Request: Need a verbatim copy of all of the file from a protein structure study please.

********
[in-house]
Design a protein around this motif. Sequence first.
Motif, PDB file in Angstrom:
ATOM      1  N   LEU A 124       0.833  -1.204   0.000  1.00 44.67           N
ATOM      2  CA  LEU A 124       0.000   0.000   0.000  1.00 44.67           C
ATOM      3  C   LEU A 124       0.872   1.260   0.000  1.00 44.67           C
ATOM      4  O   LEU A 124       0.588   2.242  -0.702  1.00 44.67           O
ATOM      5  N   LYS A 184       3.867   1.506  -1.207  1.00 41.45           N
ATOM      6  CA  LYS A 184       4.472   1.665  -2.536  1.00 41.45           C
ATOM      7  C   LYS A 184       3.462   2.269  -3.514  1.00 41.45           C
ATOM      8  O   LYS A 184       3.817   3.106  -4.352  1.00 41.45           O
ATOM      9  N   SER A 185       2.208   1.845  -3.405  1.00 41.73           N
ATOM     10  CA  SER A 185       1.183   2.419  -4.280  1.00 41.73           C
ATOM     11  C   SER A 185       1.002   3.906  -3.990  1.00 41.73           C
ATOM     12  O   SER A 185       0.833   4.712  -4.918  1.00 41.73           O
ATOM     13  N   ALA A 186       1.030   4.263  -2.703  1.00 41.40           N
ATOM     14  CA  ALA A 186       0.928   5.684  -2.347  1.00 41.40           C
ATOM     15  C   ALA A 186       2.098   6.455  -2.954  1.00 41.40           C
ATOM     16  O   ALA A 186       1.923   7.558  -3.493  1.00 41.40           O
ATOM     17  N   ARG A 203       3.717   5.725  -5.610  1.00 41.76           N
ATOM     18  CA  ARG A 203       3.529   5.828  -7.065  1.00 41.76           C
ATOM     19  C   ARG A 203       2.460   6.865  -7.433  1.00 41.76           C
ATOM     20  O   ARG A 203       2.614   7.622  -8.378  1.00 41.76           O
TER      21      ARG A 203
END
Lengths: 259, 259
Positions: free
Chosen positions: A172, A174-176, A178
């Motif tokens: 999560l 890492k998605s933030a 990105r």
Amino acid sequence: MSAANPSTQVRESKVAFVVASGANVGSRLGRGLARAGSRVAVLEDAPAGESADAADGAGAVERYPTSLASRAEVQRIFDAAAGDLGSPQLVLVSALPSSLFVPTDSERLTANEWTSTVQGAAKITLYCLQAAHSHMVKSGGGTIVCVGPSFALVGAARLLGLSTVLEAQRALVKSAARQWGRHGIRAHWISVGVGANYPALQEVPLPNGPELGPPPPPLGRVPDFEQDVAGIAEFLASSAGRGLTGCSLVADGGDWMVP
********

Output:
[in-house]
Design a protein around this motif. Sequence first.
Motif, PDB file in Angstrom:
ATOM      1  N   LEU A 124       0.833  -1.204   0.000  1.00 44.67           N
ATOM      2  CA  LEU A 124       0.000   0.000   0.000  1.00 44.67           C
ATOM      3  C   LEU A 124       0.872   1.260   0.000  1.00 44.67           C
ATOM      4  O   LEU A 124       0.588   2.242  -0.702  1.00 44.67           O
ATOM      5  N   LYS A 184       3.867   1.506  -1.207  1.00 41.45           N
ATOM      6  CA  LYS A 184       4.472   1.665  -2.536  1.00 41.45           C
ATOM      7  C   LYS A 184       3.462   2.269  -3.514  1.00 41.45           C
ATOM      8  O   LYS A 184       3.817   3.106  -4.352  1.00 41.45           O
ATOM      9  N   SER A 185       2.208   1.845  -3.405  1.00 41.73           N
ATOM     10  CA  SER A 185       1.183   2.419  -4.280  1.00 41.73           C
ATOM     11  C   SER A 185       1.002   3.906  -3.990  1.00 41.73           C
ATOM     12  O   SER A 185       0.833   4.712  -4.918  1.00 41.73           O
ATOM     13  N   ALA A 186       1.030   4.263  -2.703  1.00 41.40           N
ATOM     14  CA  ALA A 186       0.928   5.684  -2.347  1.00 41.40           C
ATOM     15  C   ALA A 186       2.098   6.455  -2.954  1.00 41.40           C
ATOM     16  O   ALA A 186       1.923   7.558  -3.493  1.00 41.40           O
ATOM     17  N   ARG A 203       3.717   5.725  -5.610  1.00 41.76           N
ATOM     18  CA  ARG A 203       3.529   5.828  -7.065  1.00 41.76           C
ATOM     19  C   ARG A 203       2.460   6.865  -7.433  1.00 41.76           C
ATOM     20  O   ARG A 203       2.614   7.622  -8.378  1.00 41.76           O
TER      21      ARG A 203
END
Lengths: 259, 259
Positions: free
Chosen positions: A172, A174-176, A178
């Motif tokens: 999560l 890492k998605s933030a 990105r």
Amino acid sequence: MSAANPSTQVRESKVAFVVASGANVGSRLGRGLARAGSRVAVLEDAPAGESADAADGAGAVERYPTSLASRAEVQRIFDAAAGDLGSPQLVLVSALPSSLFVPTDSERLTANEWTSTVQGAAKITLYCLQAAHSHMVKSGGGTIVCVGPSFALVGAARLLGLSTVLEAQRALVKSAARQWGRHGIRAHWISVGVGANYPALQEVPLPNGPELGPPPPPLGRVPDFEQDVAGIAEFLASSAGRGLTGCSLVADGGDWMVP